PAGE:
American Psychological Association scientific and professional organization

The American Psychological Association (APA) is the largest scientific and professional organization of psychologists in the United States, with around 117,500 members including scientists, educators, clinicians, consultants, and students. The APA has an annual budget of around $115m. There are 54 divisions of the APA—interest groups covering different subspecialties of psychology or topical areas.

Psychophysiology is a monthly peer-reviewed scientific journal published by Wiley-Blackwell on behalf of the Society for Psychophysiological Research. The current editor-in-chief is Monica Fabiani.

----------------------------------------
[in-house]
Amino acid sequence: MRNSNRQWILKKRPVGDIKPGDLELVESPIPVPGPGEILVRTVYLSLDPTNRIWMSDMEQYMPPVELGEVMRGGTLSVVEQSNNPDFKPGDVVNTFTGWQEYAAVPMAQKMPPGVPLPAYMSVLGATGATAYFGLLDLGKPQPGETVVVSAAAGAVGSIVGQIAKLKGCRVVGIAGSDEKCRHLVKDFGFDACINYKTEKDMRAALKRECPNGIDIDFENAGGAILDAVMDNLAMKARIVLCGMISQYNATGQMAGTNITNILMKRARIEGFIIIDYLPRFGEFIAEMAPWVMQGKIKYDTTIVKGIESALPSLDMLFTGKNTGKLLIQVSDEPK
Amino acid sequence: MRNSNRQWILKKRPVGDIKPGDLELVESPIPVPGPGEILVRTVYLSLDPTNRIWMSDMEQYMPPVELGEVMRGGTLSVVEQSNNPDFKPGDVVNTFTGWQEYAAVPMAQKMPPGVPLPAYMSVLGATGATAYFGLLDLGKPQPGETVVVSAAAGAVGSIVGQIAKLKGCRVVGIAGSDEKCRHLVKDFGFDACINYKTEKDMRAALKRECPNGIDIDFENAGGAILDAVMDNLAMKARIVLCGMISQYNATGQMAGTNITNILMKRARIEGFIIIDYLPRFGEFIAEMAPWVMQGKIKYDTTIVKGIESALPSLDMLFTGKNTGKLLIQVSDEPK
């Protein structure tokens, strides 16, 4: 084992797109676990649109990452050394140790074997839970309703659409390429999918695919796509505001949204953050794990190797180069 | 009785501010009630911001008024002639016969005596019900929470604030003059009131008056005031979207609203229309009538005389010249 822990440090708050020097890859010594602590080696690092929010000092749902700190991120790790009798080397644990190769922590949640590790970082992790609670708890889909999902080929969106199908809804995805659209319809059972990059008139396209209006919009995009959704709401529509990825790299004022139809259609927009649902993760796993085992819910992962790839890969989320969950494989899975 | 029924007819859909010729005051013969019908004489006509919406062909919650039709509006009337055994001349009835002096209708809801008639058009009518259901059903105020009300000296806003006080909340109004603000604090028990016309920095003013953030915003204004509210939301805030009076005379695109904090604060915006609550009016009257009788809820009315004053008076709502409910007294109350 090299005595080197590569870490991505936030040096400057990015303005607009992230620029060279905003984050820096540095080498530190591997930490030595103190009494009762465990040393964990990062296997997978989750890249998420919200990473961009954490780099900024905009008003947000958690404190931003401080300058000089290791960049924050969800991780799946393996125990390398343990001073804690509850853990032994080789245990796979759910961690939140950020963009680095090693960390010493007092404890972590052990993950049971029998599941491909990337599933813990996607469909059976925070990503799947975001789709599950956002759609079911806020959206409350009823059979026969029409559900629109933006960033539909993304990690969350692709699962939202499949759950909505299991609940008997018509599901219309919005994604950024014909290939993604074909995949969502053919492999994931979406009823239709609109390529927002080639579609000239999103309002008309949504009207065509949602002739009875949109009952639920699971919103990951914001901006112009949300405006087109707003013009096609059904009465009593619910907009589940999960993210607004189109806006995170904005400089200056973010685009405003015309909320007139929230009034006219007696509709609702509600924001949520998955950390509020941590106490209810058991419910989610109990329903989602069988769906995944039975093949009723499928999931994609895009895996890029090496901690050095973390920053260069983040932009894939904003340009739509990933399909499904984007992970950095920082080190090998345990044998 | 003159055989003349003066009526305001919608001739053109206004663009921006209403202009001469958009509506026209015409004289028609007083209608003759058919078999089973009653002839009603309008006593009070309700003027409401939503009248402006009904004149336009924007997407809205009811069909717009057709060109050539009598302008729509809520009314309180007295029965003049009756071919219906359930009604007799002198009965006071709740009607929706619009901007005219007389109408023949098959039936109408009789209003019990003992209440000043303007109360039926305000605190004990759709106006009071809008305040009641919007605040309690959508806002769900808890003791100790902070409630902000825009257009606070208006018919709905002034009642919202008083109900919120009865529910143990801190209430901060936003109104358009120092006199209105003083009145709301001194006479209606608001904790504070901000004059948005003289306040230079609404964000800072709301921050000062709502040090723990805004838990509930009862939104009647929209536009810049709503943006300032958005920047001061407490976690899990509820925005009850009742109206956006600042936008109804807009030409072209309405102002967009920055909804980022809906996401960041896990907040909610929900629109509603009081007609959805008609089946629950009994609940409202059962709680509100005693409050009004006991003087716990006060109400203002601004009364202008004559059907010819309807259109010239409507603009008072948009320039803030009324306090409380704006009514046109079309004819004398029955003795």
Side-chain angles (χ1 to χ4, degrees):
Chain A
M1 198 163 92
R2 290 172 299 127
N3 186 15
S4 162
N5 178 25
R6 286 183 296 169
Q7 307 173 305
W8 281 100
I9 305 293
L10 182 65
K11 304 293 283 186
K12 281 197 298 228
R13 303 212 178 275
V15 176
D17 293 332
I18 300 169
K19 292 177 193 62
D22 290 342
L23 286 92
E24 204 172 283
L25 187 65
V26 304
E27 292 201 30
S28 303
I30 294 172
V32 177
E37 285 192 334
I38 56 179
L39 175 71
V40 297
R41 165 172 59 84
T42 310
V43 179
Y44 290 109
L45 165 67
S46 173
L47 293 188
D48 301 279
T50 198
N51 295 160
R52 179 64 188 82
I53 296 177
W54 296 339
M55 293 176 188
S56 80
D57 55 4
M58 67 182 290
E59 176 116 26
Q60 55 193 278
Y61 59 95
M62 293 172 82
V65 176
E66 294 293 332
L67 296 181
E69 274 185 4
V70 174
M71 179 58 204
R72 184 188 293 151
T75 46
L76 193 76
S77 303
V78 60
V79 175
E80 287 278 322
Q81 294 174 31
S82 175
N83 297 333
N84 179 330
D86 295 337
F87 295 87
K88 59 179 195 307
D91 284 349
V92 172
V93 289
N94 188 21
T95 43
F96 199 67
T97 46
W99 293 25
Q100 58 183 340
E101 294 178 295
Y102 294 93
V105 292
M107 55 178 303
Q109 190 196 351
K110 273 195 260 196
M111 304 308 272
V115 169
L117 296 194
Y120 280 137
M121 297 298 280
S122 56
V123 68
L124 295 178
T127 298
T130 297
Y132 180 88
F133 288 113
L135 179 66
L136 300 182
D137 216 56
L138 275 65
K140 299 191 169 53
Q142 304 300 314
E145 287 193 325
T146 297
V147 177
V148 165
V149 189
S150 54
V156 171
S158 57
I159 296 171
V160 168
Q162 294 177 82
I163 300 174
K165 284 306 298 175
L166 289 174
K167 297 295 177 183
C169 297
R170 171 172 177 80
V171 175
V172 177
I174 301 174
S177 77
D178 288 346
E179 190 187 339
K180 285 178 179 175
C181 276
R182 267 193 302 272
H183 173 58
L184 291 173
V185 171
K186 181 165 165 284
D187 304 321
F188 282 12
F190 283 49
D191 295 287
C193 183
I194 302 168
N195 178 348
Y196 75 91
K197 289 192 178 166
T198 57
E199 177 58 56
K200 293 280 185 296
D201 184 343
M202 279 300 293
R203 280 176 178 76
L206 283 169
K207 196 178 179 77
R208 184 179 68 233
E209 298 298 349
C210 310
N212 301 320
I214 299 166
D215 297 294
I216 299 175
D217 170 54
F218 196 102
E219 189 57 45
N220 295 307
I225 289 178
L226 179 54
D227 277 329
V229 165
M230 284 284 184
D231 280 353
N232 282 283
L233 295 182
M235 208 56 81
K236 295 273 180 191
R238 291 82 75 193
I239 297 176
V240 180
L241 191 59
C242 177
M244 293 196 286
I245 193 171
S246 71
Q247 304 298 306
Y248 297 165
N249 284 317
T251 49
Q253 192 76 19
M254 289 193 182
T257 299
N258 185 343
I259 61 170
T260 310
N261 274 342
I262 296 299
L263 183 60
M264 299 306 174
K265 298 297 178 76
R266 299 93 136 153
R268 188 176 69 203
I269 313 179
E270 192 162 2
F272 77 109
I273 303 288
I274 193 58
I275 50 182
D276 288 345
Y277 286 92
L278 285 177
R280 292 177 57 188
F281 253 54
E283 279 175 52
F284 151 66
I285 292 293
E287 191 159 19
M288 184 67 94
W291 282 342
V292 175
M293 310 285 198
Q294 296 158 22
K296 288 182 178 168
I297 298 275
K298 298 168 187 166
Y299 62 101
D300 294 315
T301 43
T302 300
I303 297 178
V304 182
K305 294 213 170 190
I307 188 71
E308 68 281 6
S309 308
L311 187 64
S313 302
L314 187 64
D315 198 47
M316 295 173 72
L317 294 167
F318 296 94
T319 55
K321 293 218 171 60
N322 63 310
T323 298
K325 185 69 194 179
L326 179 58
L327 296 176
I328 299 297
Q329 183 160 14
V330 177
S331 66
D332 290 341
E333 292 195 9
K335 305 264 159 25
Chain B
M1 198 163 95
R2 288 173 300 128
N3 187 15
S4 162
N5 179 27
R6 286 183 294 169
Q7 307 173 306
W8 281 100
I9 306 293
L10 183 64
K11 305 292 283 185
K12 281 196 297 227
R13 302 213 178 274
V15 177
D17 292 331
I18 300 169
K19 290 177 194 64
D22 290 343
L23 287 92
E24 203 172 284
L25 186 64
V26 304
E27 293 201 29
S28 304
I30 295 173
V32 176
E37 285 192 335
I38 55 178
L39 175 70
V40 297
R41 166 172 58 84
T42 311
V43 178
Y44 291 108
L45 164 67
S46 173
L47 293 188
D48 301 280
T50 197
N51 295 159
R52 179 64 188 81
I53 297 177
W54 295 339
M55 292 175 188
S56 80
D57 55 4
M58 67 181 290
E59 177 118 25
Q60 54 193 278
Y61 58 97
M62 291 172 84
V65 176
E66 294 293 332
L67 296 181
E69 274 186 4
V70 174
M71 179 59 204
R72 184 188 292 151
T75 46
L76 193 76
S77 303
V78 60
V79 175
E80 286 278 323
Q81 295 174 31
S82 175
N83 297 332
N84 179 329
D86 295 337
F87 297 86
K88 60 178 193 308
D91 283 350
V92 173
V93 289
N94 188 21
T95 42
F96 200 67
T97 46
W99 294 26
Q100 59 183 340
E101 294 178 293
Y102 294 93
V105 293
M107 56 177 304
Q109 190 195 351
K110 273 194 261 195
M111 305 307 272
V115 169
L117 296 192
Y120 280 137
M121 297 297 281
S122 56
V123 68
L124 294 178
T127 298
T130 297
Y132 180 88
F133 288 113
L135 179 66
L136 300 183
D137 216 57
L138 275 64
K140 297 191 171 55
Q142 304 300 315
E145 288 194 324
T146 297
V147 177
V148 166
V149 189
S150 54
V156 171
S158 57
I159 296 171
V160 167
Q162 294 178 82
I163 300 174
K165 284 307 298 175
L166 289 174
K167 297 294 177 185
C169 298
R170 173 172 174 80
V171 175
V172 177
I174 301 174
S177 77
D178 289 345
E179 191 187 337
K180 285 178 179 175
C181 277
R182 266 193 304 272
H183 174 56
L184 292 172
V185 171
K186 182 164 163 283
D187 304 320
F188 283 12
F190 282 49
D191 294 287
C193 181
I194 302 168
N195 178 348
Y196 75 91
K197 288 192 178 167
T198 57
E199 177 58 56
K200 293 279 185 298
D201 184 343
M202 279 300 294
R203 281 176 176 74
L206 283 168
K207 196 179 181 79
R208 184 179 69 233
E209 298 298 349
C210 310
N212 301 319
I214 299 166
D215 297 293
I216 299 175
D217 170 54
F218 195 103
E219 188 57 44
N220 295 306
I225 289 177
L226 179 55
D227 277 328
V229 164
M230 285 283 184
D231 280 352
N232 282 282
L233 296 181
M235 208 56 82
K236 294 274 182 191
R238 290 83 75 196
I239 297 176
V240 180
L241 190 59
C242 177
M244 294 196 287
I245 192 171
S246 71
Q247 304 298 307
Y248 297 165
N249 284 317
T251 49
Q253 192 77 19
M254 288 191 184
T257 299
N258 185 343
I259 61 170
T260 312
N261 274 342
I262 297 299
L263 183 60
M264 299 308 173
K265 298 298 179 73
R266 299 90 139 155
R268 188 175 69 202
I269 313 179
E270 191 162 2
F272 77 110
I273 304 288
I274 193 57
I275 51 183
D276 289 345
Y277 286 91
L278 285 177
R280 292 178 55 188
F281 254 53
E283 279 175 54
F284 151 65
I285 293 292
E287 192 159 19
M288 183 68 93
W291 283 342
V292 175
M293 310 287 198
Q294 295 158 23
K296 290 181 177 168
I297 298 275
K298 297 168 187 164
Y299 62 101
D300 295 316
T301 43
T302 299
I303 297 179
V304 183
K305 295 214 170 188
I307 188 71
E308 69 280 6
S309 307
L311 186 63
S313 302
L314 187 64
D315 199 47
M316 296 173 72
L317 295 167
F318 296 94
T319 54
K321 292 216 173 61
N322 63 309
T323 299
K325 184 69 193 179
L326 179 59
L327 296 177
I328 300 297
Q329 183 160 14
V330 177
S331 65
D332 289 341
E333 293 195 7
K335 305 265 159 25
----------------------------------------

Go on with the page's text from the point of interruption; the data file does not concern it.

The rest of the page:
Roland Clark Davis was an American psychologist recognized for his innovation in instrumentation and measurement of electrophysiological phenomena. Davis contributed to the measurement of electrodermal activity, gastric reflexes, and muscle action potentials. Davis published over 70 articles on psychophysiology and related topics across a 30-year career and mentored many graduate students at Indiana University Bloomington from 1931 through 1961.

The society continues to publish Psychophysiology , [14] [15] [16] an influential [17] monthly peer-reviewed journal interested in advancing psychophysiological science and human neuroscience, covering research on the interrelationships between the physiological and psychological aspects of brain and behavior. [18]

Annual meeting